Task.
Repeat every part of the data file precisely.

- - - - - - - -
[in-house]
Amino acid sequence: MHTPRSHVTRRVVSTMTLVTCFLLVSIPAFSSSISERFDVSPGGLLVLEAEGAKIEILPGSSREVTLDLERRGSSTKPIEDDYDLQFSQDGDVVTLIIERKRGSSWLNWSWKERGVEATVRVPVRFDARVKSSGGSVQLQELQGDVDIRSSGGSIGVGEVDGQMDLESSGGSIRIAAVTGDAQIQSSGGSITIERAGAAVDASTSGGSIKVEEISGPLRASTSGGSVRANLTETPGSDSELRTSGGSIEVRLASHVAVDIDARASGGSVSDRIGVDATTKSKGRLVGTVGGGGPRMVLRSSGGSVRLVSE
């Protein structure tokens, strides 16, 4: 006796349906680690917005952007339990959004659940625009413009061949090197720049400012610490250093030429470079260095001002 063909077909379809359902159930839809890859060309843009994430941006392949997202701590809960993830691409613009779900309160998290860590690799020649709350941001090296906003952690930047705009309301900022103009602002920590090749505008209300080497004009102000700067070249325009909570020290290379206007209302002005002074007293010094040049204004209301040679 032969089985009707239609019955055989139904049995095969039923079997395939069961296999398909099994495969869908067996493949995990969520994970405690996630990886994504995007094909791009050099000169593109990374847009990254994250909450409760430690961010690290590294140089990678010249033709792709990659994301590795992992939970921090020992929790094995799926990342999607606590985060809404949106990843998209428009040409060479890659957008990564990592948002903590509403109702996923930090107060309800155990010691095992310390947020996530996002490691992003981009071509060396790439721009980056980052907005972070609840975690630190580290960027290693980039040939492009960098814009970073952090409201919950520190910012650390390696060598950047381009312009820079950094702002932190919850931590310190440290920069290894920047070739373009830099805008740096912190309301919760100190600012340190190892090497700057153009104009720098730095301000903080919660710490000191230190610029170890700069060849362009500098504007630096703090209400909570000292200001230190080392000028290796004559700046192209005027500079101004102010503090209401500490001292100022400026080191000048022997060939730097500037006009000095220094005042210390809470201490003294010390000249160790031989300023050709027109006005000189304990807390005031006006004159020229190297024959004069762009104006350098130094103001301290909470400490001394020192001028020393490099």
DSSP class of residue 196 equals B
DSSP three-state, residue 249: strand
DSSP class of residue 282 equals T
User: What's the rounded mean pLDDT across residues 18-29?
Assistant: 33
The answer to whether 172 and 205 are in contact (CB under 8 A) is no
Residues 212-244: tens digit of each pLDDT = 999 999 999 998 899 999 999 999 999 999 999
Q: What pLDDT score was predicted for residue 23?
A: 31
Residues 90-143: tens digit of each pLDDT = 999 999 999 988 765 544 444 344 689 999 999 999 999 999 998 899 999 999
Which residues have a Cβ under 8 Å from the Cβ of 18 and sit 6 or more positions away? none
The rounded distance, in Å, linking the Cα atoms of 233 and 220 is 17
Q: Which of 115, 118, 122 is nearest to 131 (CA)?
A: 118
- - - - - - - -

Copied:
[in-house]
Amino acid sequence: MHTPRSHVTRRVVSTMTLVTCFLLVSIPAFSSSISERFDVSPGGLLVLEAEGAKIEILPGSSREVTLDLERRGSSTKPIEDDYDLQFSQDGDVVTLIIERKRGSSWLNWSWKERGVEATVRVPVRFDARVKSSGGSVQLQELQGDVDIRSSGGSIGVGEVDGQMDLESSGGSIRIAAVTGDAQIQSSGGSITIERAGAAVDASTSGGSIKVEEISGPLRASTSGGSVRANLTETPGSDSELRTSGGSIEVRLASHVAVDIDARASGGSVSDRIGVDATTKSKGRLVGTVGGGGPRMVLRSSGGSVRLVSE
């Protein structure tokens, strides 16, 4: 006796349906680690917005952007339990959004659940625009413009061949090197720049400012610490250093030429470079260095001002 063909077909379809359902159930839809890859060309843009994430941006392949997202701590809960993830691409613009779900309160998290860590690799020649709350941001090296906003952690930047705009309301900022103009602002920590090749505008209300080497004009102000700067070249325009909570020290290379206007209302002005002074007293010094040049204004209301040679 032969089985009707239609019955055989139904049995095969039923079997395939069961296999398909099994495969869908067996493949995990969520994970405690996630990886994504995007094909791009050099000169593109990374847009990254994250909450409760430690961010690290590294140089990678010249033709792709990659994301590795992992939970921090020992929790094995799926990342999607606590985060809404949106990843998209428009040409060479890659957008990564990592948002903590509403109702996923930090107060309800155990010691095992310390947020996530996002490691992003981009071509060396790439721009980056980052907005972070609840975690630190580290960027290693980039040939492009960098814009970073952090409201919950520190910012650390390696060598950047381009312009820079950094702002932190919850931590310190440290920069290894920047070739373009830099805008740096912190309301919760100190600012340190190892090497700057153009104009720098730095301000903080919660710490000191230190610029170890700069060849362009500098504007630096703090209400909570000292200001230190080392000028290796004559700046192209005027500079101004102010503090209401500490001292100022400026080191000048022997060939730097500037006009000095220094005042210390809470201490003294010390000249160790031989300023050709027109006005000189304990807390005031006006004159020229190297024959004069762009104006350098130094103001301290909470400490001394020192001028020393490099």
DSSP class of residue 196 equals B
DSSP three-state, residue 249: strand
DSSP class of residue 282 equals T
User: What's the rounded mean pLDDT across residues 18-29?
Assistant: 33
The answer to whether 172 and 205 are in contact (CB under 8 A) is no
Residues 212-244: tens digit of each pLDDT = 999 999 999 998 899 999 999 999 999 999 999
Q: What pLDDT score was predicted for residue 23?
A: 31
Residues 90-143: tens digit of each pLDDT = 999 999 999 988 765 544 444 344 689 999 999 999 999 999 998 899 999 999
Which residues have a Cβ under 8 Å from the Cβ of 18 and sit 6 or more positions away? none
The rounded distance, in Å, linking the Cα atoms of 233 and 220 is 17
Q: Which of 115, 118, 122 is nearest to 131 (CA)?
A: 118